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### #ActualMichael Tanczos

Posted 07 January 2013 - 12:27 AM

Given two circles c1 and c2 with velocity vectors v1 and v2, it would seem as though what you need to do really is calculate intersection points between two pairs of lines.

This would be my mindset in solving this:

[attachment=13114:circlecollide.gif]

I'm not the best at math so I'm taking a shot in the dark without verifying this.   But I'd probably do something to this effect for each circle:

1. normalize v1

2. find the perpendicular of v1, let's call it perp_v1

If we move away from the center of c1 distance +/- r (radius) we actually have two points still on circle c1.   Something like.. c1.location + perp_v1 * radius

You can just use those two points and the normalized v1 to create the two lines shown in red for each circle.  Then it's just a matter of finding the points where the equations for those lines are equal.   There should be four total (circled in blue).   The first intersection point on a circle edge is going to end up being the one closest to both c1 and c2.  Hopefully someone can expand on this.. I'm up later than I should be and my brain in shutting down.  =P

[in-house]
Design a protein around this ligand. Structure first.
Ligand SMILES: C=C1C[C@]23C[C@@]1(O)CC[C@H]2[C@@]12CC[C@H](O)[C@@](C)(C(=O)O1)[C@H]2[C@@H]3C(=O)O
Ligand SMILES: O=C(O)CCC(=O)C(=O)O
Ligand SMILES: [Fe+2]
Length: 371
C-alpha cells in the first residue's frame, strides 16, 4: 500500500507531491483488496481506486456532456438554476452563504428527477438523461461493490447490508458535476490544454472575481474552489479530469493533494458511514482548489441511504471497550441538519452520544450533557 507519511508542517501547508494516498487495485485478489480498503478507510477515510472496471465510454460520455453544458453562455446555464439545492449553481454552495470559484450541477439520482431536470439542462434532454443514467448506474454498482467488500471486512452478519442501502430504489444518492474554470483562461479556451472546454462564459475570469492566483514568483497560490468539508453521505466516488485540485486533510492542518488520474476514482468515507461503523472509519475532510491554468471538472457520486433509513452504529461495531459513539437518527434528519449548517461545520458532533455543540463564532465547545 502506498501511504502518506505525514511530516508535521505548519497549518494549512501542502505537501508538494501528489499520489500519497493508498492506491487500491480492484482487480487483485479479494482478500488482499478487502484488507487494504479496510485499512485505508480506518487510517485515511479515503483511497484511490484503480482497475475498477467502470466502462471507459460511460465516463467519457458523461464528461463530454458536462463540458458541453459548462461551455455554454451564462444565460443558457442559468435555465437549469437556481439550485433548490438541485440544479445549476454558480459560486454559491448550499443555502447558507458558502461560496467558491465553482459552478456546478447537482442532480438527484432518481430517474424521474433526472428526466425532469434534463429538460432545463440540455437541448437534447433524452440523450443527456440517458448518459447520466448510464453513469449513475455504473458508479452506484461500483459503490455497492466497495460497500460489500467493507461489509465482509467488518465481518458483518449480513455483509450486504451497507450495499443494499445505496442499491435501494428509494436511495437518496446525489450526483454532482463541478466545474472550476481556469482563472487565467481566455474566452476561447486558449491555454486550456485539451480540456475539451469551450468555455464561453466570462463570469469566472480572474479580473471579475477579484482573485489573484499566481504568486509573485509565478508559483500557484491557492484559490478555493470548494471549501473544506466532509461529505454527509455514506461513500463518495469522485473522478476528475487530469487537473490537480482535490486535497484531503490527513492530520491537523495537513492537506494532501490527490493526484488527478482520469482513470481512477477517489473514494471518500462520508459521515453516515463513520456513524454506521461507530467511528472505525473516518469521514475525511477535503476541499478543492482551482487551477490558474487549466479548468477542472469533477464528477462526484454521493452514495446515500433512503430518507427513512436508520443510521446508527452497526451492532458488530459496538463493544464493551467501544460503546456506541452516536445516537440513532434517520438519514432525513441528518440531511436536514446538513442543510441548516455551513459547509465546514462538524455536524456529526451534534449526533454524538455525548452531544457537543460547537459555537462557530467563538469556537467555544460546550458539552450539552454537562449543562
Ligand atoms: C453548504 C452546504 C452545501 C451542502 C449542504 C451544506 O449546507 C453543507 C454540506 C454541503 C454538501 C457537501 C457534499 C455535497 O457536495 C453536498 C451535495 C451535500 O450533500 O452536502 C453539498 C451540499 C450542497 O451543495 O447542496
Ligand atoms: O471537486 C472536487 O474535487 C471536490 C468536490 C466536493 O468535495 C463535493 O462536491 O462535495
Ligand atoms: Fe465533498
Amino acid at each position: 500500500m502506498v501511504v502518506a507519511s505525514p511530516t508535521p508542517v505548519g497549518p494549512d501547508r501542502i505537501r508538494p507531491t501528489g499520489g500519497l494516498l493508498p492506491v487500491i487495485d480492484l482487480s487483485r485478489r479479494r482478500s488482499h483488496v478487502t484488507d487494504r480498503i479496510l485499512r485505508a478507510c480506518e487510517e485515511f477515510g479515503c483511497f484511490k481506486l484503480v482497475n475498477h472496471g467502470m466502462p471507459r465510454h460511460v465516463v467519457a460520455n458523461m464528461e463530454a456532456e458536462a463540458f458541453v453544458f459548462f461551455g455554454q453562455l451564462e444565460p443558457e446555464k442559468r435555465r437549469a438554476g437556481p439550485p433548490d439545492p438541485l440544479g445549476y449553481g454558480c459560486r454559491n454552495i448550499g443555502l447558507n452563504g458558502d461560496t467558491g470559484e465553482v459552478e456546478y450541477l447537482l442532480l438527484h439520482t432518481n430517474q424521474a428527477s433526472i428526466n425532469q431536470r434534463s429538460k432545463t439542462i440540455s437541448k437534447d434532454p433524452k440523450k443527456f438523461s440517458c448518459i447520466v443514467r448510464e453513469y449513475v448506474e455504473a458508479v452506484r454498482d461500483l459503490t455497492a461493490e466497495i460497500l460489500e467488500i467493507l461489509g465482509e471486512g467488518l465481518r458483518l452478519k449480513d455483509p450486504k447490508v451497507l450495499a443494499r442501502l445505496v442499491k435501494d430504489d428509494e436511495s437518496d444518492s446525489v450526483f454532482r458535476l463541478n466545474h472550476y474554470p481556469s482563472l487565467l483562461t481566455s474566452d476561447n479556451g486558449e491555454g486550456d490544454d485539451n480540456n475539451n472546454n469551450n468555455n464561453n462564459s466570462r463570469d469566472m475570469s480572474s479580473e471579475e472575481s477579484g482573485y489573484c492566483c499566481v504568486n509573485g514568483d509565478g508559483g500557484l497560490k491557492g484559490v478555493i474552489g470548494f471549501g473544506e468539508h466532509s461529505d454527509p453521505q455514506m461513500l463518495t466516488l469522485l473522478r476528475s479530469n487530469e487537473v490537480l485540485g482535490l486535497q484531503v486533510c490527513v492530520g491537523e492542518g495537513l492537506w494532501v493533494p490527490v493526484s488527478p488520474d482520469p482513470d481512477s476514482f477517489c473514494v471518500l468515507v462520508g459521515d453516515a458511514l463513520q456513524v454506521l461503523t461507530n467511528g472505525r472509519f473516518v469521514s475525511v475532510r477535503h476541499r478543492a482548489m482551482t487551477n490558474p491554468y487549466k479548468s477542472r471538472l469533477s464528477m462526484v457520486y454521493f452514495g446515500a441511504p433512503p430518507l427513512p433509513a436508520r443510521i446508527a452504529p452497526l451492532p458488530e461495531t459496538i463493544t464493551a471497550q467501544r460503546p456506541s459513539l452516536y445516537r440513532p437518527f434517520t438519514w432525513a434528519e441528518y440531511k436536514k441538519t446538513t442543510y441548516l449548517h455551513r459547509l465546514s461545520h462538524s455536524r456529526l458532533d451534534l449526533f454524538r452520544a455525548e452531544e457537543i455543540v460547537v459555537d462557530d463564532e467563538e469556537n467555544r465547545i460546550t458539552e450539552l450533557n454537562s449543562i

Hope this gets things moving a little more.

### #1Michael Tanczos

Posted 07 January 2013 - 12:24 AM

Given two circles c1 and c2 with velocity vectors v1 and v2, it would seem as though what you need to do really is calculate intersection points between two pairs of lines.

This would be my mindset in solving this:

[attachment=13114:circlecollide.gif]

I'm not the best at math so I'm taking a shot in the dark without verifying this.   But I'd probably do something to this effect for each circle:

1. normalize v1

2. find the perpendicular of v1, let's call it perp_v1

If we move away from the center of c1 distance +/- r (radius) we actually have two points still on circle c1.   Something like.. c1.location + perp_v1 * radius

You can just use those two points and the normalized v1 to create the two lines shown in red for each circle.  Then it's just a matter of finding the points where the equations for those lines are equal.   Hopefully someone can expand on this.. I'm up later than I should be and my brain in shutting down.  =P

Hope this gets things moving a little more.

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